This is well overdue. Blame the change of the month coming while I was halfway through my Italian research roadie…
The hidden life of trees – Peter Wohlleben (Non-fiction, audiobook)
In a weird way, this book picked up where James Gleick’s Time Travel: A History left off in April. Wohlleben’s book is an exercise in imagination, as one must consider life at a different speed. Both in understanding the life and actions of individual trees, but also considering how so much of what should be done to rebalance forests requires steps that will look worse for the rest of my lifetime.
I frequently thought of that viewing platform in Zealandia where there’s a info board depicting what the forest will look like in 100 and 500 years (or something like that), and how just imagining today’s trees but bigger isn’t the future at all.
Wohlleben’s book is focused on central European species. It would be amazing to have a New Zealand version!
Religion for Atheists – Alain de Botton (Non-fiction, audiobook)
|I don't condone violence,|
but AdB seems to promote it
with this eminently punchable pose
I decided to listen to this book for something to argue against and it didn’t let me down. A couple of minutes in, I was beyond the point of yelling at Mr de Botton and considering yanking the earbuds from my ears. The utter flippancy with which he dismissed the miracles of Saints! It was kinda great to realise that, even if my factory defaults have all my switches set to skeptical, pure, unthinking skepticism now angers me as much as pure, unthinking belief.
I didn’t yank my earbuds in the end (in part because I was listening while riding my bike) and I found myself agreeing with some of de Botton’s suggestions (getting strangers to eat together), whilst simultaneously hating his guts (and his quasi-intellectual sophistry).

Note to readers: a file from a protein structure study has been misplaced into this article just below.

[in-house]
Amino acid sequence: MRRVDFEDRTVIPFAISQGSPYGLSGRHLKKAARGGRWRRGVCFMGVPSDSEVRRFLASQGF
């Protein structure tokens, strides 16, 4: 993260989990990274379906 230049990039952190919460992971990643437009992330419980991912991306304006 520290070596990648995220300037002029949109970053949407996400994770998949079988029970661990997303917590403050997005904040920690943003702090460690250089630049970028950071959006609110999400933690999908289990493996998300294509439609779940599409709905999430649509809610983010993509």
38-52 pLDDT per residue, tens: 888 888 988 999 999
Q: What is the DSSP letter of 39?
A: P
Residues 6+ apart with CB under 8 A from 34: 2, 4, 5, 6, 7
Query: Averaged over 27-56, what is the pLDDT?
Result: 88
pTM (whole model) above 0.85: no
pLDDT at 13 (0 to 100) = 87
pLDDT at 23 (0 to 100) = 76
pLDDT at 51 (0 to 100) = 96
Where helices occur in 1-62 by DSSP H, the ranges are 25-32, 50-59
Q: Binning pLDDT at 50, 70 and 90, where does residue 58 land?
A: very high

The Good People – Hannah Kent (novel, audiobook)
I listened to this because Hannah Kent was appearing at Dunedin Writers Festival and I was interested to see how Kent played with the concept of flawed belief (the main characters believe in The Good People, aka Fairies).
I didn’t end up going to Kent’s session (family dramas) and suspect a festival 1 on 1 wouldn’t have been the right venue for the kind of pressing questions I’d like to have seen Kent answer.
Because, I think she’d have all the answers, but how much would she squirm while answering them?
Do I even want to see another writer squirm? If this book was written by an Irish woman, would I have thought anything much about it at all? Well, of course I would have. But maybe I’d have keyed in more on the technique and gotten less hung up on ‘Why is she doing this?’
The final chapters represent a closing down of possibilities and ultimately the staid and stuffy views of the lawyers (and the more mercenary villagers) prevail.
We should have seen that coming!
My Brilliant Friend by Elena Ferrante
I listened to the first of Ferrante’s Neapolitan quartet before leaving for Italy. I listened to the second and part of the third while on the ground. And I’m halfway through the fourth right now --- so hopefully I can right about all four books as a single thing, which is totally how I think it should be thought of and discussed.